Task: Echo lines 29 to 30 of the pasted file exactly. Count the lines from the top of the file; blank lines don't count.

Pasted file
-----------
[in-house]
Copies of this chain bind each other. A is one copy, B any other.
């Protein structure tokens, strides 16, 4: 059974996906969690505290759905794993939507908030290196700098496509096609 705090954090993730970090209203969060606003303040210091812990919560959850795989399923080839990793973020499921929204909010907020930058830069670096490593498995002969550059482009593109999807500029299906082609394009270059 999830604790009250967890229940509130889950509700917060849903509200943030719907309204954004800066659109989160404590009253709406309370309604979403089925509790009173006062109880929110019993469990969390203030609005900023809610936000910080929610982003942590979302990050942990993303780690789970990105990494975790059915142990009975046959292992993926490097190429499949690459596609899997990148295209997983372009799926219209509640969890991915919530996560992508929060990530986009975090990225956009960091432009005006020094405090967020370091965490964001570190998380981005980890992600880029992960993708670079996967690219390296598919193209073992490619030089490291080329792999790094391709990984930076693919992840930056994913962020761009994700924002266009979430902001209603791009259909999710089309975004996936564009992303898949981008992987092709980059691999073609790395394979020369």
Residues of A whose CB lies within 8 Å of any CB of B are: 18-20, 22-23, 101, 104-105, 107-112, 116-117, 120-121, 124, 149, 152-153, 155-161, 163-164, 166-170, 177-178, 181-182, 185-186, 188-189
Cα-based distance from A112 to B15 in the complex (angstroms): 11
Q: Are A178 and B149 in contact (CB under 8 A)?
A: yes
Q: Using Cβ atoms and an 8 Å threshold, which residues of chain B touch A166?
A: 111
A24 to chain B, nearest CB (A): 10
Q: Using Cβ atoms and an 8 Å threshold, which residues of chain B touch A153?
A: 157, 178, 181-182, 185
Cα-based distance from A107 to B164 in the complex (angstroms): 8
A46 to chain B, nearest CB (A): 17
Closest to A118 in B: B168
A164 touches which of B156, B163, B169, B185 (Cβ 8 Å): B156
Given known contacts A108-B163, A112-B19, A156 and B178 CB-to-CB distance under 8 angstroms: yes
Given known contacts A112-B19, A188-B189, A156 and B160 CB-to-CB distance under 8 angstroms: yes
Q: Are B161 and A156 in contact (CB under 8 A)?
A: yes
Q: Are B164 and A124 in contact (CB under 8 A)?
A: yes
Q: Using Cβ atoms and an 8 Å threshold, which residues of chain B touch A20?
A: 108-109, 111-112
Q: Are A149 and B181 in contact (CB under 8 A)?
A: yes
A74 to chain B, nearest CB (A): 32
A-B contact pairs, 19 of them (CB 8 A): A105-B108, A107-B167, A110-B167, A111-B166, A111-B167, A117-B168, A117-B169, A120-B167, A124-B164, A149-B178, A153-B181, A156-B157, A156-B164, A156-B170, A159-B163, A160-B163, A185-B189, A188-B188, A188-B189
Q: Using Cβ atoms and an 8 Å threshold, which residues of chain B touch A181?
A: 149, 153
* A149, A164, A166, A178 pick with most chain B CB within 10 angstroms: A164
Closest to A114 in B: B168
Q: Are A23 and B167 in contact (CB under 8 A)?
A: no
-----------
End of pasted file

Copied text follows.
Q: Using Cβ atoms and an 8 Å threshold, which residues of chain B touch A181?
A: 149, 153